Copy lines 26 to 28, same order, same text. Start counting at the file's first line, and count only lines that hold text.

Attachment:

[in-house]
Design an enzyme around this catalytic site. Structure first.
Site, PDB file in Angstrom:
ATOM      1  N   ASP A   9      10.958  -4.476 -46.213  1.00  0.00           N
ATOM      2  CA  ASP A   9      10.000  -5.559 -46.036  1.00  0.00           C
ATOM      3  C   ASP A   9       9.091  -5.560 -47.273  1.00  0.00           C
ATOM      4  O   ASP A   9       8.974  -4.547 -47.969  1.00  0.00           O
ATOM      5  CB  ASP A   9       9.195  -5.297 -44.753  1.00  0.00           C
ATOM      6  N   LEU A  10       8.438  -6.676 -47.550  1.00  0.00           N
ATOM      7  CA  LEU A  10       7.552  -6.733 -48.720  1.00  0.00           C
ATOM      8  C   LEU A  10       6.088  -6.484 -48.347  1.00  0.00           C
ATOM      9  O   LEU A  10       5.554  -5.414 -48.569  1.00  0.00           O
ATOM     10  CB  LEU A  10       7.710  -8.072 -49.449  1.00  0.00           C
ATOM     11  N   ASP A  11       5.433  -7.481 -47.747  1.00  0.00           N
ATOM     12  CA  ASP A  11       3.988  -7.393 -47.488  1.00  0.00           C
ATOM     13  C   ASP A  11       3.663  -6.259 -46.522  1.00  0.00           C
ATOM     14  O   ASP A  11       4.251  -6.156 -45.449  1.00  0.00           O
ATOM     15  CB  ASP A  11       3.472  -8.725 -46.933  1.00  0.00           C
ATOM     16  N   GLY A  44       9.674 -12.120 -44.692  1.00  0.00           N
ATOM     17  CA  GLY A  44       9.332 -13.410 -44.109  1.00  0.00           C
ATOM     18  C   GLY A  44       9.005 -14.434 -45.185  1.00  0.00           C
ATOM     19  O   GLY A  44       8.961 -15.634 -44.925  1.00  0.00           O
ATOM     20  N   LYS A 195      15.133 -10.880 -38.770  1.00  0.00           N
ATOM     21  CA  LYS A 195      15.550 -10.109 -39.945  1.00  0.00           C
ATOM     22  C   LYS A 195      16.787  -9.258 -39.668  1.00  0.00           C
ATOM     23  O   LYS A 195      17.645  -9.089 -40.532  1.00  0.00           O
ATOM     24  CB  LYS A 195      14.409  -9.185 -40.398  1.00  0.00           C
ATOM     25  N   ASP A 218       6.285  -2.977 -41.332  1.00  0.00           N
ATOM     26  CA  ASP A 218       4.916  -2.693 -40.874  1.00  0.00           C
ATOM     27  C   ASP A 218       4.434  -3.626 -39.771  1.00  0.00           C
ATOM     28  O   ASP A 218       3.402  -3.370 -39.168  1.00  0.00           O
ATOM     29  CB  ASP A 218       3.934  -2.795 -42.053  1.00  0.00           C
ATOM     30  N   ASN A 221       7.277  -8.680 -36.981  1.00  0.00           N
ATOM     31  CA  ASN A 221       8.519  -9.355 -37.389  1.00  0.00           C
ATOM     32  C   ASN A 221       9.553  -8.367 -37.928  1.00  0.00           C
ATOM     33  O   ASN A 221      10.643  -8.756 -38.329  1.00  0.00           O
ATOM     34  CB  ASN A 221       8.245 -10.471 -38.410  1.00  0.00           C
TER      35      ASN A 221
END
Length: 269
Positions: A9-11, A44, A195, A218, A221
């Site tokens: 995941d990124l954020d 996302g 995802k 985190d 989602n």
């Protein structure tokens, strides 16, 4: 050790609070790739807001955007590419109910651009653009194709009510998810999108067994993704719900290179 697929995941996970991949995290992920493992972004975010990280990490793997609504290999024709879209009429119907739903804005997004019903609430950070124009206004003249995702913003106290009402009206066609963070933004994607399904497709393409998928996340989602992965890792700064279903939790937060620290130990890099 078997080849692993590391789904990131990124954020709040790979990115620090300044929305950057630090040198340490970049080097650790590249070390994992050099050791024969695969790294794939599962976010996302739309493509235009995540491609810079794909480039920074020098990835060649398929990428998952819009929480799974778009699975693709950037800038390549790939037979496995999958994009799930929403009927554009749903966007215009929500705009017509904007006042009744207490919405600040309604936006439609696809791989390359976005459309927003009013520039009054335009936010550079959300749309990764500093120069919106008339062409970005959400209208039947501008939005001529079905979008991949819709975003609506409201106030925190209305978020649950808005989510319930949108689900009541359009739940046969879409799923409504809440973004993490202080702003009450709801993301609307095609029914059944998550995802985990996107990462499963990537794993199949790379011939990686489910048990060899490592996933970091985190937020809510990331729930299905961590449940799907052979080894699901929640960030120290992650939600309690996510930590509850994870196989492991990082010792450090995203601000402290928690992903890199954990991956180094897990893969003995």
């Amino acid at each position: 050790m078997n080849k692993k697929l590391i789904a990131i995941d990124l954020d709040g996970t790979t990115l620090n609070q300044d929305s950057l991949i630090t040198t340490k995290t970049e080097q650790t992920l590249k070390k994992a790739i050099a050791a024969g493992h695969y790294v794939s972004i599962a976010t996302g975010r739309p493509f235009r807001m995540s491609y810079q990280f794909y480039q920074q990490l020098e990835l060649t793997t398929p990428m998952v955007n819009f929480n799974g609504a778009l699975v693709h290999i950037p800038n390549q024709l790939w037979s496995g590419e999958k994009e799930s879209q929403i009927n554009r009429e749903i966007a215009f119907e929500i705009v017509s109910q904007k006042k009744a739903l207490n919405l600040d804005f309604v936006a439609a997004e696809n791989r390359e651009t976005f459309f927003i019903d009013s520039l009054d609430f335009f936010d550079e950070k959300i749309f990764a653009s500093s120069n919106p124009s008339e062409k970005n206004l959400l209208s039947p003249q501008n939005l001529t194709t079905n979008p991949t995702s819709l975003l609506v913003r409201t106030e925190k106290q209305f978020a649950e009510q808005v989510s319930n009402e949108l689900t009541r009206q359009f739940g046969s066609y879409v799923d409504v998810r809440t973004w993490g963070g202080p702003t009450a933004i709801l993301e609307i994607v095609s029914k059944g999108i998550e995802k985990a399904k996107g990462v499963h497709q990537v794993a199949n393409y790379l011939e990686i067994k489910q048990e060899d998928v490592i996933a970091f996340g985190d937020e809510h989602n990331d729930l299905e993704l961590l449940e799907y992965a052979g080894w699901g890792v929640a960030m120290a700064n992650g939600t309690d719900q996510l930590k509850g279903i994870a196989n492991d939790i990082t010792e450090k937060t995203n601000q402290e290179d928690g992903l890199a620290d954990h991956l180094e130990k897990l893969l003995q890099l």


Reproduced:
ATOM     23  O   LYS A 195      17.645  -9.089 -40.532  1.00  0.00           O
ATOM     24  CB  LYS A 195      14.409  -9.185 -40.398  1.00  0.00           C
ATOM     25  N   ASP A 218       6.285  -2.977 -41.332  1.00  0.00           N